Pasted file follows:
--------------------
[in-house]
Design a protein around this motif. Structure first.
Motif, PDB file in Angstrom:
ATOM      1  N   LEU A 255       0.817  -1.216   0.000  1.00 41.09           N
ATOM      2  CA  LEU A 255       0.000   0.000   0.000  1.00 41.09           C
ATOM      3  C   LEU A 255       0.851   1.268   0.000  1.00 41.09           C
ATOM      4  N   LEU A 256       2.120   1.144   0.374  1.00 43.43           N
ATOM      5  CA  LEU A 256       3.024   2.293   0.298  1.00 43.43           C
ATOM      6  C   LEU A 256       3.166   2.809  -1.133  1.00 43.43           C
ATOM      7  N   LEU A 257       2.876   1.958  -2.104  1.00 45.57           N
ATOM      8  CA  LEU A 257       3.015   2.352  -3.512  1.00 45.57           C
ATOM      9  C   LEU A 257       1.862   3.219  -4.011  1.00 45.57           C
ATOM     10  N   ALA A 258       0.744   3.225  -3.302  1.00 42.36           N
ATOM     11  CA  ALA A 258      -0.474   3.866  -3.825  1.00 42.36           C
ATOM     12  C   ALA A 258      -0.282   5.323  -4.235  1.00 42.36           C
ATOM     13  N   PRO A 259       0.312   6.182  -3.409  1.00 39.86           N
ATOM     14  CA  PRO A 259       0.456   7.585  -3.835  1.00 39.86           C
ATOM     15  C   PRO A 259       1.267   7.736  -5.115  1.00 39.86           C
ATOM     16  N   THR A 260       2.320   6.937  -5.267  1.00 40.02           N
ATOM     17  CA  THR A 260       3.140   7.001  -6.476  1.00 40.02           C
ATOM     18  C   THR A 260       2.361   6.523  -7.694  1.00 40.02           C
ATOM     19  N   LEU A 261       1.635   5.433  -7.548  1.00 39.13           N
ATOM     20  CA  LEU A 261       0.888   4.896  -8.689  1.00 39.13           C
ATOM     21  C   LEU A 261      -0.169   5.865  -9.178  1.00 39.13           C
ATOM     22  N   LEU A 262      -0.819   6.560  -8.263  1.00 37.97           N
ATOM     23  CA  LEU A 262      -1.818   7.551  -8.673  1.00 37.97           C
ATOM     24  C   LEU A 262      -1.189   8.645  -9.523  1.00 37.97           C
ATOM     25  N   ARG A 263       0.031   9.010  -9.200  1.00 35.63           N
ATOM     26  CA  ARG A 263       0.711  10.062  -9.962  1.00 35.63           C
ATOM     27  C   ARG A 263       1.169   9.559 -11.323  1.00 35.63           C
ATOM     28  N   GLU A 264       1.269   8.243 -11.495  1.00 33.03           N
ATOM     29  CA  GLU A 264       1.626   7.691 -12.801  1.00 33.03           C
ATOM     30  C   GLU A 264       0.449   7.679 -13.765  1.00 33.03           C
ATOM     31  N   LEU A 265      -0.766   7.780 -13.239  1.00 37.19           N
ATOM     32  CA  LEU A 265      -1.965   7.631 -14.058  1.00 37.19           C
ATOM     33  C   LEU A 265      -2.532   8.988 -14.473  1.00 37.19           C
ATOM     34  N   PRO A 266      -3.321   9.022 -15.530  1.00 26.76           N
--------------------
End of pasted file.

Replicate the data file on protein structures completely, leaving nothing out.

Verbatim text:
[in-house]
Design a protein around this motif. Structure first.
Motif, PDB file in Angstrom:
ATOM      1  N   LEU A 255       0.817  -1.216   0.000  1.00 41.09           N
ATOM      2  CA  LEU A 255       0.000   0.000   0.000  1.00 41.09           C
ATOM      3  C   LEU A 255       0.851   1.268   0.000  1.00 41.09           C
ATOM      4  N   LEU A 256       2.120   1.144   0.374  1.00 43.43           N
ATOM      5  CA  LEU A 256       3.024   2.293   0.298  1.00 43.43           C
ATOM      6  C   LEU A 256       3.166   2.809  -1.133  1.00 43.43           C
ATOM      7  N   LEU A 257       2.876   1.958  -2.104  1.00 45.57           N
ATOM      8  CA  LEU A 257       3.015   2.352  -3.512  1.00 45.57           C
ATOM      9  C   LEU A 257       1.862   3.219  -4.011  1.00 45.57           C
ATOM     10  N   ALA A 258       0.744   3.225  -3.302  1.00 42.36           N
ATOM     11  CA  ALA A 258      -0.474   3.866  -3.825  1.00 42.36           C
ATOM     12  C   ALA A 258      -0.282   5.323  -4.235  1.00 42.36           C
ATOM     13  N   PRO A 259       0.312   6.182  -3.409  1.00 39.86           N
ATOM     14  CA  PRO A 259       0.456   7.585  -3.835  1.00 39.86           C
ATOM     15  C   PRO A 259       1.267   7.736  -5.115  1.00 39.86           C
ATOM     16  N   THR A 260       2.320   6.937  -5.267  1.00 40.02           N
ATOM     17  CA  THR A 260       3.140   7.001  -6.476  1.00 40.02           C
ATOM     18  C   THR A 260       2.361   6.523  -7.694  1.00 40.02           C
ATOM     19  N   LEU A 261       1.635   5.433  -7.548  1.00 39.13           N
ATOM     20  CA  LEU A 261       0.888   4.896  -8.689  1.00 39.13           C
ATOM     21  C   LEU A 261      -0.169   5.865  -9.178  1.00 39.13           C
ATOM     22  N   LEU A 262      -0.819   6.560  -8.263  1.00 37.97           N
ATOM     23  CA  LEU A 262      -1.818   7.551  -8.673  1.00 37.97           C
ATOM     24  C   LEU A 262      -1.189   8.645  -9.523  1.00 37.97           C
ATOM     25  N   ARG A 263       0.031   9.010  -9.200  1.00 35.63           N
ATOM     26  CA  ARG A 263       0.711  10.062  -9.962  1.00 35.63           C
ATOM     27  C   ARG A 263       1.169   9.559 -11.323  1.00 35.63           C
ATOM     28  N   GLU A 264       1.269   8.243 -11.495  1.00 33.03           N
ATOM     29  CA  GLU A 264       1.626   7.691 -12.801  1.00 33.03           C
ATOM     30  C   GLU A 264       0.449   7.679 -13.765  1.00 33.03           C
ATOM     31  N   LEU A 265      -0.766   7.780 -13.239  1.00 37.19           N
ATOM     32  CA  LEU A 265      -1.965   7.631 -14.058  1.00 37.19           C
ATOM     33  C   LEU A 265      -2.532   8.988 -14.473  1.00 37.19           C
ATOM     34  N   PRO A 266      -3.321   9.022 -15.530  1.00 26.76           N